State Cross Country

It began with a 3.5 hour drive to Pasco, WA.  With me in the most complicated car to have ever existed (we never did figure out how the heating system worked) were one coach and four teammates (everyone else was in the eleven-passenger van).  A quick jog, an Italian dinner, a night in a hotel, and the brief drive to Sun Willows Golf Course brought me to the WIAA Cross Country State Championships.

The story actually began long before that.  I’d waited all season, all year, all of the past two years (since I failed to qualify last year due to illness), to reach this point.  Two seasons of intervals, hill workouts, and long runs (my favorite).  A spring season of running circles around a track.  A summer of running forty, even fifty miles a week.   All for one, 21 (and a little bit more) minute race.

But it was worth it.  So incredibly worth it.  The race was everything I imagined it to be, and more.  Sure,  I didn’t make the podium (I’m hopeful, next year) or even run quite as fast as my coaches were hoping, but I am convinced that it was a great race.  Everything “clicked”, somewhat like the experience I had at Nike Pre-Nationals last season.  Most important, I was at peace with the race.  (Does that sound odd?)  I was nervous–very nervous (just ask  my coaches)–before the race.  But once I was running, I was running free, eloquently described by a teammate as “just running your best for yourself and for your team, because it doesn’t what other people think about you.”

The team part: that’s key.  To finish with five athletes across the finish line, knowing you stood for something greater than yourself, is infinitely important, even in a sport that seems so individual.  (For a good explanation of how cross country team scoring works, see this link).  Especially for “middle-of-the-pack” runners who  probably do not have a chance at winning the race or achieving greatness on their own, the team provides motivation and purpose.  I know that my teammates are counting on me to run my best; likewise, I am counting on them to run their best.  My first year at state cross country, someone brought up this quotation:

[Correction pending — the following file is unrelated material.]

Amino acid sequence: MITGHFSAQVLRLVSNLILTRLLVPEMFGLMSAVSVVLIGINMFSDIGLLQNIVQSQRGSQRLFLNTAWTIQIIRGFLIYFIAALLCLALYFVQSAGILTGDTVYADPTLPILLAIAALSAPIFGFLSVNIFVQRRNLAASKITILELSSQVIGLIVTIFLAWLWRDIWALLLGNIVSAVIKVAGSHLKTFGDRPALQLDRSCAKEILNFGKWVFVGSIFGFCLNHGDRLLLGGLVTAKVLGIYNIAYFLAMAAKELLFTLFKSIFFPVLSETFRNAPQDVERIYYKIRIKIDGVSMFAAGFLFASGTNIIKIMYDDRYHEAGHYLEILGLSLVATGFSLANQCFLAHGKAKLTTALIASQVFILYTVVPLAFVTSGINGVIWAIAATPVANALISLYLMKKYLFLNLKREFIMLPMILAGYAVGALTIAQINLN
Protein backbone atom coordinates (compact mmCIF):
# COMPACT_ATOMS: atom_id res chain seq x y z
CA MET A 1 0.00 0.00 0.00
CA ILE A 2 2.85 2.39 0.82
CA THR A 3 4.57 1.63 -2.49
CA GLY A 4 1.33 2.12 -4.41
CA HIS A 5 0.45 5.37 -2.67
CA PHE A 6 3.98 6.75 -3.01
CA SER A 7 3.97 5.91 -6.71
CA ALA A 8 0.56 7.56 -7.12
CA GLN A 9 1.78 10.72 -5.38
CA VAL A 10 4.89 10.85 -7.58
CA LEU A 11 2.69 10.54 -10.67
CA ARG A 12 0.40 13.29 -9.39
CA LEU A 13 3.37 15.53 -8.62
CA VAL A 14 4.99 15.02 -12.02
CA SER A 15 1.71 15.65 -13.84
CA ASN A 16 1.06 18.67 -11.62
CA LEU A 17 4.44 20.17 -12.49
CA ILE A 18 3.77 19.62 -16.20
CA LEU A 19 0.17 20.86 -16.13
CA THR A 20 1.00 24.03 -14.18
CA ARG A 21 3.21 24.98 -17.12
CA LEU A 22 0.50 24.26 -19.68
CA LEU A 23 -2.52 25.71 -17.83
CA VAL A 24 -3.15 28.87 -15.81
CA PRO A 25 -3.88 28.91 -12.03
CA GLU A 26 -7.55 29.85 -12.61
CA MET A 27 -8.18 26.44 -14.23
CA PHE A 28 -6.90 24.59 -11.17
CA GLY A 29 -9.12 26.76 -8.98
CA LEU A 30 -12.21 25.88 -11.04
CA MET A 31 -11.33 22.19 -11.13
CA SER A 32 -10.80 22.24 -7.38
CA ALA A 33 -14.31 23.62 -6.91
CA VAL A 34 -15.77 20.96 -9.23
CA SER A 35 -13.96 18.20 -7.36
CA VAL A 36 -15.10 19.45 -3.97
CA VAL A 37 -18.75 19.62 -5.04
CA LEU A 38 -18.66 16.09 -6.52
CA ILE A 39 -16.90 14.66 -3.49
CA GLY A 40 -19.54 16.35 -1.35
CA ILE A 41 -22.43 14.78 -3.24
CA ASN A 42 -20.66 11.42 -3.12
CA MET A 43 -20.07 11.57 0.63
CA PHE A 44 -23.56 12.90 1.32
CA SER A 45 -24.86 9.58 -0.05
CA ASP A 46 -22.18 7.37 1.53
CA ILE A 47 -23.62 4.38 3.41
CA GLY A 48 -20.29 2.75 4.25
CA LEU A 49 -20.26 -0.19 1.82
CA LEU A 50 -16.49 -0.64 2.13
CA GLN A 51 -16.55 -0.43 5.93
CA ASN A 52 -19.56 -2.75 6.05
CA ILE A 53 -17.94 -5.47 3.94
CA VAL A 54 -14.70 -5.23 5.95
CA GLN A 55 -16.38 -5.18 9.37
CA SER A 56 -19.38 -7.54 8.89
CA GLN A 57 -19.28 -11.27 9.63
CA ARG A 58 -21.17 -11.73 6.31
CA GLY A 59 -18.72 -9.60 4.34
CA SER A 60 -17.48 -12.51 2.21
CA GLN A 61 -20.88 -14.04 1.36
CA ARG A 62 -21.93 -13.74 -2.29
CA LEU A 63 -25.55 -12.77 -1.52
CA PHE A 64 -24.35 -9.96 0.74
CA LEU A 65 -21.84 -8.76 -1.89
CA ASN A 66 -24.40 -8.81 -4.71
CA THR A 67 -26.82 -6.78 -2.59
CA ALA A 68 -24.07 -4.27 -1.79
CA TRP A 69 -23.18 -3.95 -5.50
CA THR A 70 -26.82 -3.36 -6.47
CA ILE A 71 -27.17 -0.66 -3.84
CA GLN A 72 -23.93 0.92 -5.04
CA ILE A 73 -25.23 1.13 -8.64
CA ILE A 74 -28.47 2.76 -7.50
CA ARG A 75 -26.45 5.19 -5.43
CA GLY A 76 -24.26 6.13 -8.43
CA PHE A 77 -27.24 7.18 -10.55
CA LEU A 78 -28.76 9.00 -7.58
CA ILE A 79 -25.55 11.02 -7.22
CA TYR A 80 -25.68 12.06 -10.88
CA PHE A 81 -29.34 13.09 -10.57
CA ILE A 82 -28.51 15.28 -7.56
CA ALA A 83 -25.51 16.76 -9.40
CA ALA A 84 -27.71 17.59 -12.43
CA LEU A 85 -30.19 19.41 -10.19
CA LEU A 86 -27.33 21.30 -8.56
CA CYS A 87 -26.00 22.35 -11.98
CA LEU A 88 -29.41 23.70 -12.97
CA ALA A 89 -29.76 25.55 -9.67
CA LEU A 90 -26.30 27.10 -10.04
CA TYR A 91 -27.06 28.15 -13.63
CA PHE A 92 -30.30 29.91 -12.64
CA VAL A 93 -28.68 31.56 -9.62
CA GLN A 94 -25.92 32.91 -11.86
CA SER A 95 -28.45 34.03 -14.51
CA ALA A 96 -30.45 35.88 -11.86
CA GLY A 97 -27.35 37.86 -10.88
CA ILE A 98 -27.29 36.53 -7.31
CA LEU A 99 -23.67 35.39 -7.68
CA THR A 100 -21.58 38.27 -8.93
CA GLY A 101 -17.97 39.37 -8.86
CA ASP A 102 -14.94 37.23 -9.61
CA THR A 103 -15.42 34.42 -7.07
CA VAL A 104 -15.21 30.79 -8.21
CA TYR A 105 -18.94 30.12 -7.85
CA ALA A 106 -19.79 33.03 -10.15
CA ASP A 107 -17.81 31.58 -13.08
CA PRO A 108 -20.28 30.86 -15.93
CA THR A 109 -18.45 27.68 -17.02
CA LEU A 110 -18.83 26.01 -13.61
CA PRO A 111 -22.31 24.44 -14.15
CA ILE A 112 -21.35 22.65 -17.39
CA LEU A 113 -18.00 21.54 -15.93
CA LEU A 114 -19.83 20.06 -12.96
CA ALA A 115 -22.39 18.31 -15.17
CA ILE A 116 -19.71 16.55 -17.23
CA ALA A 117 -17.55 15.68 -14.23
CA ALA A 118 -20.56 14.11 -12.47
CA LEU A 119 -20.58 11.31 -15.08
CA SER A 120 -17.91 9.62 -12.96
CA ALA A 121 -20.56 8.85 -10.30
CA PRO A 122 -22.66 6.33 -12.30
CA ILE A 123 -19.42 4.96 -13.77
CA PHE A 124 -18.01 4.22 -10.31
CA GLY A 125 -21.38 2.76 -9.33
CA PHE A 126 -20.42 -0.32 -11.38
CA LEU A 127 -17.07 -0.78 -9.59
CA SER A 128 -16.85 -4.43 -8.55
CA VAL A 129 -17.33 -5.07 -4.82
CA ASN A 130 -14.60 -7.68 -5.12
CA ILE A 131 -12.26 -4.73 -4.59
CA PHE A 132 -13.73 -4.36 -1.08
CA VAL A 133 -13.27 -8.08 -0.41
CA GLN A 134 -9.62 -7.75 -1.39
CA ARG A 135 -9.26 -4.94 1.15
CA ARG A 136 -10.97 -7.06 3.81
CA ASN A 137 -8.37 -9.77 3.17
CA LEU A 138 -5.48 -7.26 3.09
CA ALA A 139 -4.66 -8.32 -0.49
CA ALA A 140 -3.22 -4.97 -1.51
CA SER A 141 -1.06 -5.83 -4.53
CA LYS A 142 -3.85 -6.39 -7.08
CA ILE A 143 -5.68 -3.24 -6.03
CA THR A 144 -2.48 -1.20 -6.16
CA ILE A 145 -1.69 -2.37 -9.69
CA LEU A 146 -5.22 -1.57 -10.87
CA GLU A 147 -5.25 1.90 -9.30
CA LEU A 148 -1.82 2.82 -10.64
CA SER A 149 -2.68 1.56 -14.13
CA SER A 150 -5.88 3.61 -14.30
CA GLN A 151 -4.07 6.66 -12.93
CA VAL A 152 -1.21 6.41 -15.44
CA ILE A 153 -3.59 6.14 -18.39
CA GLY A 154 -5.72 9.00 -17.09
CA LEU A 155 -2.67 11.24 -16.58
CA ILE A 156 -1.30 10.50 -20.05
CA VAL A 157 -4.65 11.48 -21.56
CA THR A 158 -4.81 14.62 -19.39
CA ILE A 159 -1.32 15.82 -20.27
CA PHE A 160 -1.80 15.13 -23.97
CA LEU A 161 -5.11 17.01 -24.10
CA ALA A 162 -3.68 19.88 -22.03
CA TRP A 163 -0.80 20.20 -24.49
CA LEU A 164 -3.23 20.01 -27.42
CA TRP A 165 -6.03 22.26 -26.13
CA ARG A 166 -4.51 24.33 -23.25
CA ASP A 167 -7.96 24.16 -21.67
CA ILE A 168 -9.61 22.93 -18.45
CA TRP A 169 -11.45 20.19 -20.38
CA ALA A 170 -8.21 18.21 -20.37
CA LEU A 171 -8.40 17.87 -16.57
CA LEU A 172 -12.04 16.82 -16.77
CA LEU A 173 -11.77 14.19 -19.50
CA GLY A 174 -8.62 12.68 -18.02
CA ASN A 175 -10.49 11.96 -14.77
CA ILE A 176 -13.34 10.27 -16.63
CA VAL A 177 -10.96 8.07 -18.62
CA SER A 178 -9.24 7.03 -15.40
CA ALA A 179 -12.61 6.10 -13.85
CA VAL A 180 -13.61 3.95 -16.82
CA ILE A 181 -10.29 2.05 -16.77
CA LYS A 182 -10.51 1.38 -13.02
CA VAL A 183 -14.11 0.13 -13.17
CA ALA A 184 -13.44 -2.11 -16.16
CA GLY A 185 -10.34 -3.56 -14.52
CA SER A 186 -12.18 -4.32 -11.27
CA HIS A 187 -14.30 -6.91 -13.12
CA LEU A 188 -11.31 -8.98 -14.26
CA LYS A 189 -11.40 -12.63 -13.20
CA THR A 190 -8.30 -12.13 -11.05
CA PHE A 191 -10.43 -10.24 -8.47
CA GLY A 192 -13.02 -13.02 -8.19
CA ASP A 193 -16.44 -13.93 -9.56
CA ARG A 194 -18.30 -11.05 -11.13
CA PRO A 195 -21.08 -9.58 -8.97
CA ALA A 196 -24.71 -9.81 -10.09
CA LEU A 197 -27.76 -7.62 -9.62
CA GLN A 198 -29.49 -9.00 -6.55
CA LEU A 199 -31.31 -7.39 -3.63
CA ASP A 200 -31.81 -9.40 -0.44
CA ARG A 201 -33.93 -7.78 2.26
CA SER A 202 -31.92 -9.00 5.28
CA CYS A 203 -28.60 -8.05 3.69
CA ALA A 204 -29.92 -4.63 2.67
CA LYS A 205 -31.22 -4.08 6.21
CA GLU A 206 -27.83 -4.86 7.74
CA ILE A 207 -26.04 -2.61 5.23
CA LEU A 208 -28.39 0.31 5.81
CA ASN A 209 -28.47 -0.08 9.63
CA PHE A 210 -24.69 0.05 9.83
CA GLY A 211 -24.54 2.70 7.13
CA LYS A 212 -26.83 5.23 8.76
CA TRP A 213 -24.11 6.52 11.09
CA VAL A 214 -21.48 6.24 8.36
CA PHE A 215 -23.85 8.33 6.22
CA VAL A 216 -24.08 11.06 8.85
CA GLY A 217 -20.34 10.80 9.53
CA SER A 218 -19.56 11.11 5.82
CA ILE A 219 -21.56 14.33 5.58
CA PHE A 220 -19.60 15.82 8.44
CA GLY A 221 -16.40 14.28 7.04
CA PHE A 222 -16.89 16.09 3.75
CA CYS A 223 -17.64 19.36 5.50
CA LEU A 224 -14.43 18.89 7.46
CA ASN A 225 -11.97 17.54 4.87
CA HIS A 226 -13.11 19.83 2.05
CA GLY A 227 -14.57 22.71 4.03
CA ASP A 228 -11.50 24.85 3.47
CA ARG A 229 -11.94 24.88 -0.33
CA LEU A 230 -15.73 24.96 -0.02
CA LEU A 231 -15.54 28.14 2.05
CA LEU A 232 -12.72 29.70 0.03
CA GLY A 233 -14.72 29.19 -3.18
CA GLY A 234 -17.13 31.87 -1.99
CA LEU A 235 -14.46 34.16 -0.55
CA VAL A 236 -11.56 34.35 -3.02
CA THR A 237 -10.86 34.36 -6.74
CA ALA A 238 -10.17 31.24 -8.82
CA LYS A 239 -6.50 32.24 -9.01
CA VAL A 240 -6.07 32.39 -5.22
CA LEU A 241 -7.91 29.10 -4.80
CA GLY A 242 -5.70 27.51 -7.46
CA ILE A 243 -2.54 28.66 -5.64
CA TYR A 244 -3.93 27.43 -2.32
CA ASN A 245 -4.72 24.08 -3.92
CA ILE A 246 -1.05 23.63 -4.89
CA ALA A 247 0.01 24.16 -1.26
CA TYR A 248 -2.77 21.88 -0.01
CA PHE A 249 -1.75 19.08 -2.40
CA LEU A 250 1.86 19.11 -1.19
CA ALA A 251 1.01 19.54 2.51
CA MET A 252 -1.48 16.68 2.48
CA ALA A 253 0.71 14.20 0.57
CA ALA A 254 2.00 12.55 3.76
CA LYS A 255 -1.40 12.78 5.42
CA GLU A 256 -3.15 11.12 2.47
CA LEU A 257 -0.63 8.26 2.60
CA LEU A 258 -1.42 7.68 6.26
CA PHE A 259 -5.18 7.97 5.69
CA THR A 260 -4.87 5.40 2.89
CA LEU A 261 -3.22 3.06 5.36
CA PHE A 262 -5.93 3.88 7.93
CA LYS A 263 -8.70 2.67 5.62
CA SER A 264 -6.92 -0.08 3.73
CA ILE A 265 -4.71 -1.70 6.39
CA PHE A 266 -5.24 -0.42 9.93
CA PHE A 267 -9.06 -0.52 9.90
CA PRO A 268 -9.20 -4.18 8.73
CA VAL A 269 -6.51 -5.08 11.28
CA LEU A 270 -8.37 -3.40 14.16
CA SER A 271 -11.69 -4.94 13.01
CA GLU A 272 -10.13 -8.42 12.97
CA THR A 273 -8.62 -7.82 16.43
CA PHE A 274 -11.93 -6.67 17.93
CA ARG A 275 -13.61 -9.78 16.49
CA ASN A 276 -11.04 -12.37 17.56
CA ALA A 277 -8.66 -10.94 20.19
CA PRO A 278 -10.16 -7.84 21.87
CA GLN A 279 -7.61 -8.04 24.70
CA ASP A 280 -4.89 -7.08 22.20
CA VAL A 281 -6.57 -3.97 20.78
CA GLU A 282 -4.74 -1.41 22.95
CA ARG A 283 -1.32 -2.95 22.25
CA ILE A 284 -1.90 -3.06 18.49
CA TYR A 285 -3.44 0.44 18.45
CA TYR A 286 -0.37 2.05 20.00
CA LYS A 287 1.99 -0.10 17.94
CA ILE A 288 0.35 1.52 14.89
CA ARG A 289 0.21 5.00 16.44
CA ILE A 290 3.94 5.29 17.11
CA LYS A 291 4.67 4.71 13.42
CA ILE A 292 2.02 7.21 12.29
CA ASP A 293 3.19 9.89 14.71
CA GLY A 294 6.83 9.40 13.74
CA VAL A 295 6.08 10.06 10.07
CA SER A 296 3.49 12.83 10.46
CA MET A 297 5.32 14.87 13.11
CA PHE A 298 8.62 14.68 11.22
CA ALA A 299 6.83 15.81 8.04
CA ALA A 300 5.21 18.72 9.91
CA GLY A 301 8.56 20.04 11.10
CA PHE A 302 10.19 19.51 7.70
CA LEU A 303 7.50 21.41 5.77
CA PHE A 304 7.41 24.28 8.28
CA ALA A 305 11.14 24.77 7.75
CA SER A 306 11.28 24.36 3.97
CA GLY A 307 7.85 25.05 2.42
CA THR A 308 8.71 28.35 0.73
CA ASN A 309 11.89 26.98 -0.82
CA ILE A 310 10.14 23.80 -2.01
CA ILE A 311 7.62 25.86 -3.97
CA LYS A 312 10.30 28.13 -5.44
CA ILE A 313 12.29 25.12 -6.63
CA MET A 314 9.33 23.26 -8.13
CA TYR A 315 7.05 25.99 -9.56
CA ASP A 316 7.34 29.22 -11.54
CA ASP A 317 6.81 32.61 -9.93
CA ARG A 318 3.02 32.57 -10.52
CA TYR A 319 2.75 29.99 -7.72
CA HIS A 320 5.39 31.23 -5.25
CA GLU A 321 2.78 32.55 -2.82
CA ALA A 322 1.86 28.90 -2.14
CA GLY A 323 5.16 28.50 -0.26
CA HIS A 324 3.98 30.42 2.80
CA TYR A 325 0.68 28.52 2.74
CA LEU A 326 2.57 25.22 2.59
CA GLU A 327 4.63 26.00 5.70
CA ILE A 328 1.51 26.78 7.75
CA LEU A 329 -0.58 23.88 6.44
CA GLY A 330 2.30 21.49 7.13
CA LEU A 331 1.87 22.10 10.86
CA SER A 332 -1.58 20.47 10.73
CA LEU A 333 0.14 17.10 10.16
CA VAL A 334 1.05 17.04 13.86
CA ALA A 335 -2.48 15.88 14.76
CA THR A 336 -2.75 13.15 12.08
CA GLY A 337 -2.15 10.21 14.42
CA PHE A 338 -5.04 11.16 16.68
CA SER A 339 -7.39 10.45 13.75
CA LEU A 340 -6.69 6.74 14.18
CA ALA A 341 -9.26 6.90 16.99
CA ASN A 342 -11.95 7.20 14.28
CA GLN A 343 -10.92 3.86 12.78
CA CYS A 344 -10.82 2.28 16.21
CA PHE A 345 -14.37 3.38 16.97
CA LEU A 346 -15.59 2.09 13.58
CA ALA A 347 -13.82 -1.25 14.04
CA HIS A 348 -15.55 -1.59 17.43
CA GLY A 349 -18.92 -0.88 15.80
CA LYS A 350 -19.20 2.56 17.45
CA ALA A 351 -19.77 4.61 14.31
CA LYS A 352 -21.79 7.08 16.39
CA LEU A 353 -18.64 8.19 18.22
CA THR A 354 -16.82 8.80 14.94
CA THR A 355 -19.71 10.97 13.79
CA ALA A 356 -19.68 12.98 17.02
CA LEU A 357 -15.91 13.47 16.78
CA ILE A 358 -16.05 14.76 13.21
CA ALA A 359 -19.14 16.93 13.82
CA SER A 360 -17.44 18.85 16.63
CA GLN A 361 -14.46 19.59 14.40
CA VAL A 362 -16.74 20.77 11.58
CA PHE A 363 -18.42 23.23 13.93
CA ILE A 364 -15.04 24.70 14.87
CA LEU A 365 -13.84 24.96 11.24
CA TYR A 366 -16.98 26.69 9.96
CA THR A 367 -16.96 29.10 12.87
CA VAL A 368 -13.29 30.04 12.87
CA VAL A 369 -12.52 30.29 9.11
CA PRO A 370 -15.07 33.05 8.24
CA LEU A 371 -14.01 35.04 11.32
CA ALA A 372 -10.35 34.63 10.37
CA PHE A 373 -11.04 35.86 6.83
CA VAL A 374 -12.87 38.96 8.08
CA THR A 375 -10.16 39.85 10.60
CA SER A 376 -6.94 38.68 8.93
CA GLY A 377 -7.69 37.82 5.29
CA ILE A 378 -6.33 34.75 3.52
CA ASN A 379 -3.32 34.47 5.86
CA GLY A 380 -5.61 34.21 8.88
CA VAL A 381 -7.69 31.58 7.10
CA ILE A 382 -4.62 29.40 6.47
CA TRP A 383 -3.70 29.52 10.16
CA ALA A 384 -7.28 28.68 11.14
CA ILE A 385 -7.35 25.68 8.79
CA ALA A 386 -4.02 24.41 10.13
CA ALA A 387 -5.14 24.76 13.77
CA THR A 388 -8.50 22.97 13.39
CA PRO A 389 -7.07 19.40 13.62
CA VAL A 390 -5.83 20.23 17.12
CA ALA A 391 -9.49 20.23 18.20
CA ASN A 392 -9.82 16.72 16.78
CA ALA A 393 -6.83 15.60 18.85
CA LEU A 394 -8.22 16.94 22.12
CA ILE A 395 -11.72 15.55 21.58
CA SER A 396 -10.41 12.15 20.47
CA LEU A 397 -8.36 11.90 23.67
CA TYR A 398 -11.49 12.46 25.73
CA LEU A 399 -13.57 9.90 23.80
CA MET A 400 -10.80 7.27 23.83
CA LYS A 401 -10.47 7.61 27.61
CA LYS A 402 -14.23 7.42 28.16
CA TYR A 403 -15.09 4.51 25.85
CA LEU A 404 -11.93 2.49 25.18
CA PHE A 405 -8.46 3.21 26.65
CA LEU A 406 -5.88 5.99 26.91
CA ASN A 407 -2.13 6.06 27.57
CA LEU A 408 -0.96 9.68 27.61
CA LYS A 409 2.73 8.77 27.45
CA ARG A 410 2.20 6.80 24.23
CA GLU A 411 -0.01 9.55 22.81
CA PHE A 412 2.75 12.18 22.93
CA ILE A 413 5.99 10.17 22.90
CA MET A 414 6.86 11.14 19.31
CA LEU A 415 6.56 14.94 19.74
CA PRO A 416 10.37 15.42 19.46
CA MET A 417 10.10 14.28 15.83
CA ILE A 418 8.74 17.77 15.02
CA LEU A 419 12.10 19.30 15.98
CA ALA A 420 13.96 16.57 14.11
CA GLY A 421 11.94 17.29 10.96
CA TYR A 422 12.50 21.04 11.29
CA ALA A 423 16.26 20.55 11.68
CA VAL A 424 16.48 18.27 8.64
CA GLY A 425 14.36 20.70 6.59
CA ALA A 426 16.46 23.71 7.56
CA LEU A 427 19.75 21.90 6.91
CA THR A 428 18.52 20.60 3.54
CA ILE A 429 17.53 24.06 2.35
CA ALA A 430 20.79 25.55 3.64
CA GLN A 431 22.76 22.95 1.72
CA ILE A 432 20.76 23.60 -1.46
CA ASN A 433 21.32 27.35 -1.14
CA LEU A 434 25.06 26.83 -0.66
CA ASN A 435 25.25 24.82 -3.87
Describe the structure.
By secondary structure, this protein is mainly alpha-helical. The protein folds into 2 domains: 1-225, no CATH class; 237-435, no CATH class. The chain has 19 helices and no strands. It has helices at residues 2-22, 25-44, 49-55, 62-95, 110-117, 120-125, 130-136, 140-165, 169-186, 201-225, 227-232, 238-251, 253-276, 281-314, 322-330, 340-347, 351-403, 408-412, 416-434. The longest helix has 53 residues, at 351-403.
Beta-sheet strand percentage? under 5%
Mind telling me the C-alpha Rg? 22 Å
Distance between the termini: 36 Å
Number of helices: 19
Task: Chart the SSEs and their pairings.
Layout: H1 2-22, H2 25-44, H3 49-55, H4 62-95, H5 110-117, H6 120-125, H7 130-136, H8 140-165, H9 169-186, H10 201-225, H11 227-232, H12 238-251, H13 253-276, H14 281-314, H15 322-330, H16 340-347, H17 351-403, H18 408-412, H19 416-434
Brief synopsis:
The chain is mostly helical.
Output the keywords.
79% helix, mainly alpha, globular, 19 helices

“From the day of our birth, we were meant for this time and place…and no matter what happens today, I will stand behind every decision you will make. We came into this room as a team and we will leave as a team” ~Gene Kranz

I think I’ll let that speak for itself.

More extrinsic proof: the White House News Photographers Association holds an annual photojournalism contest.  One of the categories is Sports Feature/Reaction, defined as “A feature or reaction picture that is sports related. Reaction by participants or fans, or reaction by competitors away from the action (even if still on the field of play) should be included in this category.”  People say cross country is boring to watch, but an image captured by Richard A. Lipski of the Washington Post of the Virginia State AAA Cross  Country Championships won the category for 2009.  I find that it captures a small  part of the essence of cross country.  (NB: You really ought to click on the image below to see it full size–the little details make it that much more meaningful).

“FINISH LINE” (Richard A. Lipski): Megan Moye, left, of Cosby High School and Marie Johnston of Midlothian High School are in need of assistance after crossing the finish line and completing the 3.1-mile course during the Virginia State Cross Country Championships in The Plains, Va., Nov. 14, 2009.


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